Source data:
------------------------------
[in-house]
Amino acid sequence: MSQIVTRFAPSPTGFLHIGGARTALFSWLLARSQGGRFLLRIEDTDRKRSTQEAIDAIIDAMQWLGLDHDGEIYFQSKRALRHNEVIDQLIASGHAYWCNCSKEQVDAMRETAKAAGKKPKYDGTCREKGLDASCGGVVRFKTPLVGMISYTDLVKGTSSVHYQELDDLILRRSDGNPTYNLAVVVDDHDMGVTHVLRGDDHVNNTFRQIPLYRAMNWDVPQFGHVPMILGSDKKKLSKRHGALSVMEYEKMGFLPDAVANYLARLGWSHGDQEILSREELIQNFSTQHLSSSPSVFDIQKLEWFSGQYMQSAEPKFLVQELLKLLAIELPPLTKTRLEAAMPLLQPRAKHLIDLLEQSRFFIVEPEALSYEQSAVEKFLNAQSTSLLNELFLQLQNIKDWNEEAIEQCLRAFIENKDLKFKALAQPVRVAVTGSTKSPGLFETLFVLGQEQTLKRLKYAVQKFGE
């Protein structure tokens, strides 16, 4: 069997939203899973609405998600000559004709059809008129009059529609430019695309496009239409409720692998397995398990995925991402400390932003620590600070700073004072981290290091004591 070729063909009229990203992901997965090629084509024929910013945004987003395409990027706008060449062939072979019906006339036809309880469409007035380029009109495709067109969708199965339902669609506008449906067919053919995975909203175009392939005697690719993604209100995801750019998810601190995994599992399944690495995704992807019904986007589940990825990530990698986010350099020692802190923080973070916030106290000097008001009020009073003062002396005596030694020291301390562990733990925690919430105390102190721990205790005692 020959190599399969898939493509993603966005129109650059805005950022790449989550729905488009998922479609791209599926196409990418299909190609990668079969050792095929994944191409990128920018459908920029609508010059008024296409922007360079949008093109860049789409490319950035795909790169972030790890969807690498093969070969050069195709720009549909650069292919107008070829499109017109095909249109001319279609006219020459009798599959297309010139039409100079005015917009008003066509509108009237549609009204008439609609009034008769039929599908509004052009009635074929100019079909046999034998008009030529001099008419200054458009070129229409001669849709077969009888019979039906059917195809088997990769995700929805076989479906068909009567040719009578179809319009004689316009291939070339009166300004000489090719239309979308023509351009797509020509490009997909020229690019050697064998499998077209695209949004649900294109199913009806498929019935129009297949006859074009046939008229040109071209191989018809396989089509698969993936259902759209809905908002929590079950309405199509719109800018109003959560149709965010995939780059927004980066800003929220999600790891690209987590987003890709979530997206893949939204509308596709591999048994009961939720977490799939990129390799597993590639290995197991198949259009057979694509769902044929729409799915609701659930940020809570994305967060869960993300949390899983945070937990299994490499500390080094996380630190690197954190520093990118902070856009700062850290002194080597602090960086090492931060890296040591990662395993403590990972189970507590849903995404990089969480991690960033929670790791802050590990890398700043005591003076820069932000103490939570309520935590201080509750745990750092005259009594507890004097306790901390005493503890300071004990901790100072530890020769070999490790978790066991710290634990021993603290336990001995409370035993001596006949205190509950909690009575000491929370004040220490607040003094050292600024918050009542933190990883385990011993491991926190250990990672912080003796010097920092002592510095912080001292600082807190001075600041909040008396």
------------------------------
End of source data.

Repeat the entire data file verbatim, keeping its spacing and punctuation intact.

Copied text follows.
[in-house]
Amino acid sequence: MSQIVTRFAPSPTGFLHIGGARTALFSWLLARSQGGRFLLRIEDTDRKRSTQEAIDAIIDAMQWLGLDHDGEIYFQSKRALRHNEVIDQLIASGHAYWCNCSKEQVDAMRETAKAAGKKPKYDGTCREKGLDASCGGVVRFKTPLVGMISYTDLVKGTSSVHYQELDDLILRRSDGNPTYNLAVVVDDHDMGVTHVLRGDDHVNNTFRQIPLYRAMNWDVPQFGHVPMILGSDKKKLSKRHGALSVMEYEKMGFLPDAVANYLARLGWSHGDQEILSREELIQNFSTQHLSSSPSVFDIQKLEWFSGQYMQSAEPKFLVQELLKLLAIELPPLTKTRLEAAMPLLQPRAKHLIDLLEQSRFFIVEPEALSYEQSAVEKFLNAQSTSLLNELFLQLQNIKDWNEEAIEQCLRAFIENKDLKFKALAQPVRVAVTGSTKSPGLFETLFVLGQEQTLKRLKYAVQKFGE
């Protein structure tokens, strides 16, 4: 069997939203899973609405998600000559004709059809008129009059529609430019695309496009239409409720692998397995398990995925991402400390932003620590600070700073004072981290290091004591 070729063909009229990203992901997965090629084509024929910013945004987003395409990027706008060449062939072979019906006339036809309880469409007035380029009109495709067109969708199965339902669609506008449906067919053919995975909203175009392939005697690719993604209100995801750019998810601190995994599992399944690495995704992807019904986007589940990825990530990698986010350099020692802190923080973070916030106290000097008001009020009073003062002396005596030694020291301390562990733990925690919430105390102190721990205790005692 020959190599399969898939493509993603966005129109650059805005950022790449989550729905488009998922479609791209599926196409990418299909190609990668079969050792095929994944191409990128920018459908920029609508010059008024296409922007360079949008093109860049789409490319950035795909790169972030790890969807690498093969070969050069195709720009549909650069292919107008070829499109017109095909249109001319279609006219020459009798599959297309010139039409100079005015917009008003066509509108009237549609009204008439609609009034008769039929599908509004052009009635074929100019079909046999034998008009030529001099008419200054458009070129229409001669849709077969009888019979039906059917195809088997990769995700929805076989479906068909009567040719009578179809319009004689316009291939070339009166300004000489090719239309979308023509351009797509020509490009997909020229690019050697064998499998077209695209949004649900294109199913009806498929019935129009297949006859074009046939008229040109071209191989018809396989089509698969993936259902759209809905908002929590079950309405199509719109800018109003959560149709965010995939780059927004980066800003929220999600790891690209987590987003890709979530997206893949939204509308596709591999048994009961939720977490799939990129390799597993590639290995197991198949259009057979694509769902044929729409799915609701659930940020809570994305967060869960993300949390899983945070937990299994490499500390080094996380630190690197954190520093990118902070856009700062850290002194080597602090960086090492931060890296040591990662395993403590990972189970507590849903995404990089969480991690960033929670790791802050590990890398700043005591003076820069932000103490939570309520935590201080509750745990750092005259009594507890004097306790901390005493503890300071004990901790100072530890020769070999490790978790066991710290634990021993603290336990001995409370035993001596006949205190509950909690009575000491929370004040220490607040003094050292600024918050009542933190990883385990011993491991926190250990990672912080003796010097920092002592510095912080001292600082807190001075600041909040008396």